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Home > Q&A Main Page > Miscellaneous Q&A Index > RV Water Damage

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[Miscellaneous Q&A Index]

Subject: RV Water Damage

Date: Friday, May 14, 2021

Was curious if you could point me in the right direction if you have time. I recently discovered some water damage in the corner of our 5th wheel and not exactly sure where to start. I’m planning to remove the back corner seal and top seal to try to identify where water was coming in. After that I’m not sure if I need to remove a section of wall. How are RV walls fastened to the sides? Are there screws on the inside going out, or just glue? Attached are a couple pictures. If your products can help win this job I’m about to tackle I’m open to input.


RV Side Wall Horizontal View RV Side Wall Vertical View RV Side Wall Close Up

Manufacturing methods vary. But for the type of rv pictured, the outer and inner panels are typically just glued on. Stapling and screwing are used, but not normally for the design type that you have.

For your type of construction, it is usually a fiberglass panel bonded to luan plywood, which is bonded to the aluminum framing. The repair process would be to get a bonding material, like epoxy glue into the delaminated areas, and press things back in place. While this seems simple, the devil is in the details, as they say.

If the luan has rotted, gluing the fiberglass outer panel back on will not help. The S-1 Sealer can be used to restrengthen the luan, but you have to be careful. Often, styrofoam insulation is used between the inner and outer panel, and the S-1 Sealer can melt styrofoam.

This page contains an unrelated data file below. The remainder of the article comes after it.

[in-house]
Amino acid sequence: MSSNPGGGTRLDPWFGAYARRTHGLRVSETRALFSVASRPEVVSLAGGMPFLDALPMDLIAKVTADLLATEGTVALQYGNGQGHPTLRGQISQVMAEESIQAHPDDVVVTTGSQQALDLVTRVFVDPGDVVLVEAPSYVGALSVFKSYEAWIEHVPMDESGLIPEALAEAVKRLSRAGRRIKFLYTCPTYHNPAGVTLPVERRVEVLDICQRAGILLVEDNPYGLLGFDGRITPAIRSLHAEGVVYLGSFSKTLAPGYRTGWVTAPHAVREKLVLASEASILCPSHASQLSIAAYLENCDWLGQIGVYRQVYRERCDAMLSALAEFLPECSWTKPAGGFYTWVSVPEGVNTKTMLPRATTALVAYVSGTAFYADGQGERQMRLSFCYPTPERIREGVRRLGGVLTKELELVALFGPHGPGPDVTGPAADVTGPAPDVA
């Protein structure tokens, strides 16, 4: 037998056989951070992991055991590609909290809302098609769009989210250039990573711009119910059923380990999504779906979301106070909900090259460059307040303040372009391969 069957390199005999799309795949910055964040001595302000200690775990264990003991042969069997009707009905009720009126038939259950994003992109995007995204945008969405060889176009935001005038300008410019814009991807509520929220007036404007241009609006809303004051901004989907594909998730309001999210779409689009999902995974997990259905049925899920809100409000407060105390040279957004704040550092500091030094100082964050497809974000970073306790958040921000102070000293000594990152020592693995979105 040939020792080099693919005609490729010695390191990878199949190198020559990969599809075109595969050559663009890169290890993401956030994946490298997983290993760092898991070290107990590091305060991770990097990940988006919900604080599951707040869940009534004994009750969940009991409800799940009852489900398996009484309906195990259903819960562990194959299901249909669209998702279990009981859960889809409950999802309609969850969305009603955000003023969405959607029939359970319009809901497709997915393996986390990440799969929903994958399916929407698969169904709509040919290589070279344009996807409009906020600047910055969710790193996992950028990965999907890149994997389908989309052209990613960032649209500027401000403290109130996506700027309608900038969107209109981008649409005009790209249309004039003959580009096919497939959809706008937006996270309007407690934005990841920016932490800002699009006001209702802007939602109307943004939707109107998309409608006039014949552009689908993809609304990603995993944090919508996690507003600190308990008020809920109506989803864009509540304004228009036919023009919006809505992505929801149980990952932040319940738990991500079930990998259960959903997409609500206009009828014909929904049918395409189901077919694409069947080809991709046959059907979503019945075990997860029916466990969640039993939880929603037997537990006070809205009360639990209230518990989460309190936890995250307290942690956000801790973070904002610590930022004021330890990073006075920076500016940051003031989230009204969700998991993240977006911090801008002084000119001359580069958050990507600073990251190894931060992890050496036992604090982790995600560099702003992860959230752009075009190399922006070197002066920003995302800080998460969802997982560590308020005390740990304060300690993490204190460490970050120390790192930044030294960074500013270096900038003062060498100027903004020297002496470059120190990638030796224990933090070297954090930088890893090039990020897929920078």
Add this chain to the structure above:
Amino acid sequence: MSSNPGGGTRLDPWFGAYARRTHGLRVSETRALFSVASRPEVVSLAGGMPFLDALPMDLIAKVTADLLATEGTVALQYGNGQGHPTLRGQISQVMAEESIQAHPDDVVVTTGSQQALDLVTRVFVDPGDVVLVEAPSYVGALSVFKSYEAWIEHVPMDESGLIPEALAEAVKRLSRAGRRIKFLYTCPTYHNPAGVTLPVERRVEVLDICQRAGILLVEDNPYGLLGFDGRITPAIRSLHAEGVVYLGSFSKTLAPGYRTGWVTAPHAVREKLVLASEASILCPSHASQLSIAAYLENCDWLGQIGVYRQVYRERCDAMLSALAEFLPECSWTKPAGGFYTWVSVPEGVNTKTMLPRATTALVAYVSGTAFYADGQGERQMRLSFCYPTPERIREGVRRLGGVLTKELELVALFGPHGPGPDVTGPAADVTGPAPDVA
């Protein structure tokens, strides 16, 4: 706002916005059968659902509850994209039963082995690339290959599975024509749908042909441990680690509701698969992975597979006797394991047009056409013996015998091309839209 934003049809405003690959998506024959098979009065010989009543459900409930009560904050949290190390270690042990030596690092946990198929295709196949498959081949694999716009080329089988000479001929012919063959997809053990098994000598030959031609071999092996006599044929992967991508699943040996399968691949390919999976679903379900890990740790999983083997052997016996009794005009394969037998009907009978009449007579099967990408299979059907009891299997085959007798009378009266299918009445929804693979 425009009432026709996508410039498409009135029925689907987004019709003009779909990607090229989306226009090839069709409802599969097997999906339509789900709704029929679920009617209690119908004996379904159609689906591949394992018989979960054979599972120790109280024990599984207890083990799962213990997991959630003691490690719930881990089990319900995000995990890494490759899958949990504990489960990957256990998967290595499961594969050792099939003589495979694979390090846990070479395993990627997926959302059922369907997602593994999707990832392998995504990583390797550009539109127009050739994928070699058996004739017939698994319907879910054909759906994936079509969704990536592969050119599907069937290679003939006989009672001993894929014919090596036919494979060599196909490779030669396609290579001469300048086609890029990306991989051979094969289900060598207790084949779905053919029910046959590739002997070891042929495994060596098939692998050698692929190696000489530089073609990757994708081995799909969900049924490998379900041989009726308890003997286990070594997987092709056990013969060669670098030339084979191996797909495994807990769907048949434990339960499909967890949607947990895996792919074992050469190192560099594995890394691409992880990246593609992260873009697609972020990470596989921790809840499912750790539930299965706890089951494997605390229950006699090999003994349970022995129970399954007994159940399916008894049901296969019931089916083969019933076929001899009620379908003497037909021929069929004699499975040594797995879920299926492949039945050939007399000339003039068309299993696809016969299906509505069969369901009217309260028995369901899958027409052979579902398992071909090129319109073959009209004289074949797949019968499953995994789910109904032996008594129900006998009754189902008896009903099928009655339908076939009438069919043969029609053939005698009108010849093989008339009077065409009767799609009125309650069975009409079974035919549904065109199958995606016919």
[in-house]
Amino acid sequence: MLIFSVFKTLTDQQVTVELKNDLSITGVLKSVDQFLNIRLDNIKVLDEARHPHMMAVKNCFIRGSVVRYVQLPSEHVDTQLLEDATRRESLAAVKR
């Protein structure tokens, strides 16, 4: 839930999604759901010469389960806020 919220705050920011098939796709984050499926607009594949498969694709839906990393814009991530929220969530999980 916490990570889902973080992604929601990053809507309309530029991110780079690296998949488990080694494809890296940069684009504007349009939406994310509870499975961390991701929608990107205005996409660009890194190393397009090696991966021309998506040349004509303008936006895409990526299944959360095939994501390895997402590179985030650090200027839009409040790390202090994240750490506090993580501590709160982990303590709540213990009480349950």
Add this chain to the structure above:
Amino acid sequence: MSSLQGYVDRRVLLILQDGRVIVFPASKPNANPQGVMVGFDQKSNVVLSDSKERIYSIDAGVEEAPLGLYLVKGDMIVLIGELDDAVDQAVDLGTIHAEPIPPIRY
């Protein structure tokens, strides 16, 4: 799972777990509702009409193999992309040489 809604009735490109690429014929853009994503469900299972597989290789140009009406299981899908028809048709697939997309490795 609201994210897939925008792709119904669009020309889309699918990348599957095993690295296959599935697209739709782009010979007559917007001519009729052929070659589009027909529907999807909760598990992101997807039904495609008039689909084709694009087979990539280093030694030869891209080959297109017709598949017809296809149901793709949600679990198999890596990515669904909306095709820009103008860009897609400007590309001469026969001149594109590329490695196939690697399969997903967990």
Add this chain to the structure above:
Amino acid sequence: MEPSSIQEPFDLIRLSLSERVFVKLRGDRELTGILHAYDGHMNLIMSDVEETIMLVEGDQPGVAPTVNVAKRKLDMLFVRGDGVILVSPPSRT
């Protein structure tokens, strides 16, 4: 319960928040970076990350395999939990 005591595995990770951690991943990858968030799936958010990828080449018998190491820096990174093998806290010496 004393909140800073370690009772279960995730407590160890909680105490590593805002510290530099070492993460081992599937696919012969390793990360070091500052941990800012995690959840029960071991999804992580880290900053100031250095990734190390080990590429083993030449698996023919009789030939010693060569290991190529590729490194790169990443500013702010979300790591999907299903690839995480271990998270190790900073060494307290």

In your case, I would start with examining the luan, assuming that this is what was used, to see if the layers of luan have delaminated from each other, and whether the luan layers seem rotted. If you can let me know the condition of the luan, I can better advise you how to proceed.


Very much appreciate the reply. As I get deeper into the repair I will try to determine the best course. Hate to bother you with this but if your products can help I am open to it or willing to try.

If it’s not unsightly on the outside, is it possible to fix the leaking area above, seal up the sides and leave it as-is? Without trying a delamination kit or sealer. If no additional water is getting in I shouldn’t have mold problems correct, or am I fooling myself?

Thanks again!

Don’t worry about bothering us. We love helping people with these kinds of repairs.

If I were looking to do the repair, I would want to get as much moisture out while things were open. Less moisture means less chance of mold/rot.

It is important, of course, to fix the leak. But also to get enough moisture out of the luan plywood to prevent problems when you seal things back up.

Depending on how bad things are, and how much work you want to do, I do have some ideas about doing a more extensive repair, if the luan is beyond saving. It would involve removing any top and bottom trim, and peeling back the fiberglass skin so that you could replace most of the damaged luan. Hopefully it isn’t that damaged, and can be readily saved.

Start with finding the source of the leak, and assessing the extent of the luan plywood (if that is what was used) damage. Let me know, and we can proceed accordingly.


[Miscellaneous Q&A Index]

Have questions?

Contact us by phone 206-364-2155 or e-mail (send us your pictures) at and we will gladly answer questions about our products or how to apply them. With 20+ years of experience and many more in the boating and construction industries, not much surprises us. We are here to help our customers solve their issues. Let us help you to not have any surprises in your repair project.